sunrun costco solar program

How you can get Costco solar panels from Sunrun

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If you regularly shop at Costco, you may have spotted a kiosk for home solar installations in the store, or even spoken to a store representative about installing their own branded Costco solar panels. Costco has a partnership with Sunrun, one of the largest residential solar companies in the country, to offer their members special benefits when they go solar. Here are the details of Costco’s partnership with Sunrun.

Costco solar partnership with Sunrun: benefits & takeaways

Sunrun is a California-based company that installs solar in 21 states across the country, primarily in the Northeast and Southwest. In 2017, they beat out Tesla Energy (formerly SolarCity) and installed the most residential solar systems in the United States. If you’re a Costco member, you are eligible for some special benefits if you go solar with Sunrun, including Costco cash and an enhanced roof warranty.

When you choose to buy a solar panel system through the Sunrun-Costco partnership, you’ll receive a Costco cash card worth 10 percent of your solar equipment costs (before taxes). This benefit only applies if you own your system – if you opt for a solar lease or power purchase agreement (PPA) with Sunrun, you won’t receive a Costco cash card.

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Based on Sunrun proposals we have reviewed from EnergySage Solar Marketplace users, equipment costs can range anywhere from 25 to 50 percent of the gross cost of the installation, so your Costco cash card benefits will vary accordingly.

For example, if your system costs $20,000 in total, your equipment costs may range from $5,000 to $10,000, which means you’d receive a Costco cash card with a value of anywhere between $500 and $1,000. (The actual costs for your project depend on many factors; to get an accurate estimate, you’ll need to talk to a company representative.)

In addition to the Costco cash card, you may be eligible for an additional cash bonus if you’re a Costco Executive Member. You’ll need to speak with a store representative to get more specific information.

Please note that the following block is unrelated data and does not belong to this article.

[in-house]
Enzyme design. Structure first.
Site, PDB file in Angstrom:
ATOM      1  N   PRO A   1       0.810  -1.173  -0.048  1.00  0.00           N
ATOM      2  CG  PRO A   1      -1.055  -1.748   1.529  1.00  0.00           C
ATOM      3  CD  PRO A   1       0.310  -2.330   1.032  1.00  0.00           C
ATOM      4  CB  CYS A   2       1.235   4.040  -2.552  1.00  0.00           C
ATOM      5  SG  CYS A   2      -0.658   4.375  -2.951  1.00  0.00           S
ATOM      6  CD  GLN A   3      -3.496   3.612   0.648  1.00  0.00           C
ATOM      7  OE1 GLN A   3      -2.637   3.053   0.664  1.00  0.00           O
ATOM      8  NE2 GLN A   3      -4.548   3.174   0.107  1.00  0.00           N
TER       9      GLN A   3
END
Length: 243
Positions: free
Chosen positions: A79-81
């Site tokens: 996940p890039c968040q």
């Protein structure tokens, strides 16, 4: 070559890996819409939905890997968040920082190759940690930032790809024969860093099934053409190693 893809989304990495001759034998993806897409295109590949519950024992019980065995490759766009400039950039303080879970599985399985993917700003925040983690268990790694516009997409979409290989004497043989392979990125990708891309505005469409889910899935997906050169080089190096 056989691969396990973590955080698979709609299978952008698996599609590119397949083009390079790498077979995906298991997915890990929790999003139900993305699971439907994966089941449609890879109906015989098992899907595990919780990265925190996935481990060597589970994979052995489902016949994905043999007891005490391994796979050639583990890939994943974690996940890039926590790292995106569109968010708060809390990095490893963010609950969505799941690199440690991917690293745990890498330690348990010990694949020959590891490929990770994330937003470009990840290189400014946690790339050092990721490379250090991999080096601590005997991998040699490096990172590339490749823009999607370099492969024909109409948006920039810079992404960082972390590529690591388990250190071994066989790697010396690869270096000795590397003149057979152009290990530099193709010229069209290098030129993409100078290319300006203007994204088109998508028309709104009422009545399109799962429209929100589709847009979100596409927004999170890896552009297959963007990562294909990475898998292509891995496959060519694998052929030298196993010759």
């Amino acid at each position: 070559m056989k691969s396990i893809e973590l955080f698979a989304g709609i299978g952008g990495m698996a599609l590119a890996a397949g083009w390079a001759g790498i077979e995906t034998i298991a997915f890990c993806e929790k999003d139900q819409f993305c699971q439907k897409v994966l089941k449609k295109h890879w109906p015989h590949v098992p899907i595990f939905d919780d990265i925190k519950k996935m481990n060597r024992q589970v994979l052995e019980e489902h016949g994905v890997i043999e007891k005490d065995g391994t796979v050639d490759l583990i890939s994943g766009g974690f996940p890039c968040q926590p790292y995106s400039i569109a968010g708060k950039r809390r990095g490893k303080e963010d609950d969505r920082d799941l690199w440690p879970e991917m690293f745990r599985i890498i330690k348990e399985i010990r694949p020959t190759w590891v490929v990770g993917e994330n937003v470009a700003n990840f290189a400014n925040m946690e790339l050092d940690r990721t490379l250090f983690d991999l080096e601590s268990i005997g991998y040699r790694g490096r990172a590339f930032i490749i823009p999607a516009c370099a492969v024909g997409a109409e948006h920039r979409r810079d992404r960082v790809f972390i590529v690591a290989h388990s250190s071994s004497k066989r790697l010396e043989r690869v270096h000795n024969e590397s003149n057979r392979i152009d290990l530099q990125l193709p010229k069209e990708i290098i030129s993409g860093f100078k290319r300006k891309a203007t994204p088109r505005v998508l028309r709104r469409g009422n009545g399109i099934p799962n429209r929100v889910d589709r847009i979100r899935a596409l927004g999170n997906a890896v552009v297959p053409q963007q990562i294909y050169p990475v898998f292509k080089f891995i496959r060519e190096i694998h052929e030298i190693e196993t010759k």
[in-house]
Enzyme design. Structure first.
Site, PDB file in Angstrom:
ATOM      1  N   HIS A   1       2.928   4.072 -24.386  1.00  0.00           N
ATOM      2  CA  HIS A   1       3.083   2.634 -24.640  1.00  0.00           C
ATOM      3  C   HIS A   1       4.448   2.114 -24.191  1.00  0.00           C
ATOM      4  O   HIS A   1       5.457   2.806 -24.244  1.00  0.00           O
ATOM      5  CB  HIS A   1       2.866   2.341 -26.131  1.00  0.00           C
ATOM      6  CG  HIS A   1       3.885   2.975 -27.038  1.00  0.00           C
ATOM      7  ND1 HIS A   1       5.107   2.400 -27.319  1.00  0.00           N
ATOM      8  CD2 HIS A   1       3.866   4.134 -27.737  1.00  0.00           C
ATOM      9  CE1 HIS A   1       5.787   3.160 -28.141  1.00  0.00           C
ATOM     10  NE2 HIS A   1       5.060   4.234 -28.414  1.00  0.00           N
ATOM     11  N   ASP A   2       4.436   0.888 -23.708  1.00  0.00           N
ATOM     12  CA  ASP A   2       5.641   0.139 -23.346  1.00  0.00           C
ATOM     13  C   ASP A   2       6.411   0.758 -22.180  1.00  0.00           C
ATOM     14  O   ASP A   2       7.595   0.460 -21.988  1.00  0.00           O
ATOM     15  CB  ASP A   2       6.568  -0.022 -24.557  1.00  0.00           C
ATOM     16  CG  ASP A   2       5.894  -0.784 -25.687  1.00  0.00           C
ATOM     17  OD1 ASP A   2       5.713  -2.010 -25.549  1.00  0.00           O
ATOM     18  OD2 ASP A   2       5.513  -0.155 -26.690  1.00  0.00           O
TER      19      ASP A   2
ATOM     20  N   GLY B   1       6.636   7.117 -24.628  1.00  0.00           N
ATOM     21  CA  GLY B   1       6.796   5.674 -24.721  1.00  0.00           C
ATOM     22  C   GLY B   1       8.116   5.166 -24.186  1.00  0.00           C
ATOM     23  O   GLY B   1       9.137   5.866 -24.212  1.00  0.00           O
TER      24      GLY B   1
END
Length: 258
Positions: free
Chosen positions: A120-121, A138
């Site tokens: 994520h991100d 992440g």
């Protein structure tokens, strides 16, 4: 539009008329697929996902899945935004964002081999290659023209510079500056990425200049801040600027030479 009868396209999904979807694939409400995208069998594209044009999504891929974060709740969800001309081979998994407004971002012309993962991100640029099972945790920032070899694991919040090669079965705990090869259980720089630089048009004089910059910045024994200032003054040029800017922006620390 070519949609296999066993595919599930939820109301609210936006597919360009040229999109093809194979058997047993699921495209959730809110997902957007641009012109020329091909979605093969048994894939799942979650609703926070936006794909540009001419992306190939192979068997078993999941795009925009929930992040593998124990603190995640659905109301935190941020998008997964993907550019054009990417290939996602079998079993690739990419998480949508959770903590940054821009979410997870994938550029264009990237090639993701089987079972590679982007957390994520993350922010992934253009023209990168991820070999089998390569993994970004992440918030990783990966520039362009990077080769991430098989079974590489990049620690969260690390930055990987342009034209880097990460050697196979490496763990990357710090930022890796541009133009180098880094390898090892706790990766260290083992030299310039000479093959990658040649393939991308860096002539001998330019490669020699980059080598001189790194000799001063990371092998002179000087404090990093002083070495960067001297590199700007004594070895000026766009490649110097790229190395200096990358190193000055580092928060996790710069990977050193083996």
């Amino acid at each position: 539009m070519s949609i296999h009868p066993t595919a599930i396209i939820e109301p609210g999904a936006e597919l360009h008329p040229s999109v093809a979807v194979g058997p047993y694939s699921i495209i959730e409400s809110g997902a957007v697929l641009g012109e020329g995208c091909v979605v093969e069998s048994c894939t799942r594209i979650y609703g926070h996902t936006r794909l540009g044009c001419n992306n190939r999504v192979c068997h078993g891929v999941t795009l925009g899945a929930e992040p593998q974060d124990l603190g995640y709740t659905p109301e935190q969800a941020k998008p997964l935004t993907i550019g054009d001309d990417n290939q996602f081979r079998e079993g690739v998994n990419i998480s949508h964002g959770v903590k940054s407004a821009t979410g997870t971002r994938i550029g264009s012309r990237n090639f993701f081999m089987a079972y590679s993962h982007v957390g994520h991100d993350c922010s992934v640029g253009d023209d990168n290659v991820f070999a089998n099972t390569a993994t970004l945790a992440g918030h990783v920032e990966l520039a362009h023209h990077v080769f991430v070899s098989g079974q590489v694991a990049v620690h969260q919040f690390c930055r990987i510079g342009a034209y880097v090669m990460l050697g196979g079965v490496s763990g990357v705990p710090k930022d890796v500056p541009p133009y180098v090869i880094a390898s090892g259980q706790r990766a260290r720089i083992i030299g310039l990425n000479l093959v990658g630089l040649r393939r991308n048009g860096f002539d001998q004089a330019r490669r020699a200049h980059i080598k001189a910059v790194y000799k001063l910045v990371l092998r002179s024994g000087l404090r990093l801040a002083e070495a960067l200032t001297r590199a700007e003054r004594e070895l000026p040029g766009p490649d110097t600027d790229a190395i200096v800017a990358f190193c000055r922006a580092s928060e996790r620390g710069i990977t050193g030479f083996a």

Costco members who go solar with Sunrun also receive an enhanced 15-year roof penetration warranty from Sunrun. (The standard offering from Sunrun is 10 years.) This is a separate warranty from Sunrun’s workmanship warranty, which covers the installation, and a product manufacturer’s warranty, which covers your actual solar equipment.

Does Costco back Sunrun’s warranties?

No. Although Costco and Sunrun are partners in advertising solar, Costco does not back the warranties for your solar panel system – all they provide is a Costco Cash Card and access to their Costco Member Service Hotline. Though it is not immediately clear from Sunrun and Costco’s advertising materials, our research into the Sunrun customer agreement reveals that the extended roof penetration warranty offered through this partnership is provided by and fulfilled exclusively by Sunrun, not by Costco. We reached out to Costco directly for any further details, and their spokesperson declined to comment on this topic.

Should you get Costco solar panels through Sunrun?

There are some benefits to working with a national-scale solar installer over a local one – they have a recognized brand name and meaningful warranties. However, larger companies don’t always offer the best prices, and they aren’t known for personalized customer service (for more insight, read Fast Company’s “The Best Way To Get Cheap Solar: Shop Around”). Additionally, you can read our full analysis of Sunrun’s reviews across the web to get more perspective on their strengths and weaknesses.

Regardless of which installer you choose, EnergySage’s recommendation is always to compare multiple installers to find the one that’s the best fit for your needs. You can easily get quotes from installers near you by registering your property on the EnergySage Solar Marketplace. If you’re just starting the shopping process, learn more about how much solar can save you by using EnergySage’s Solar Calculator.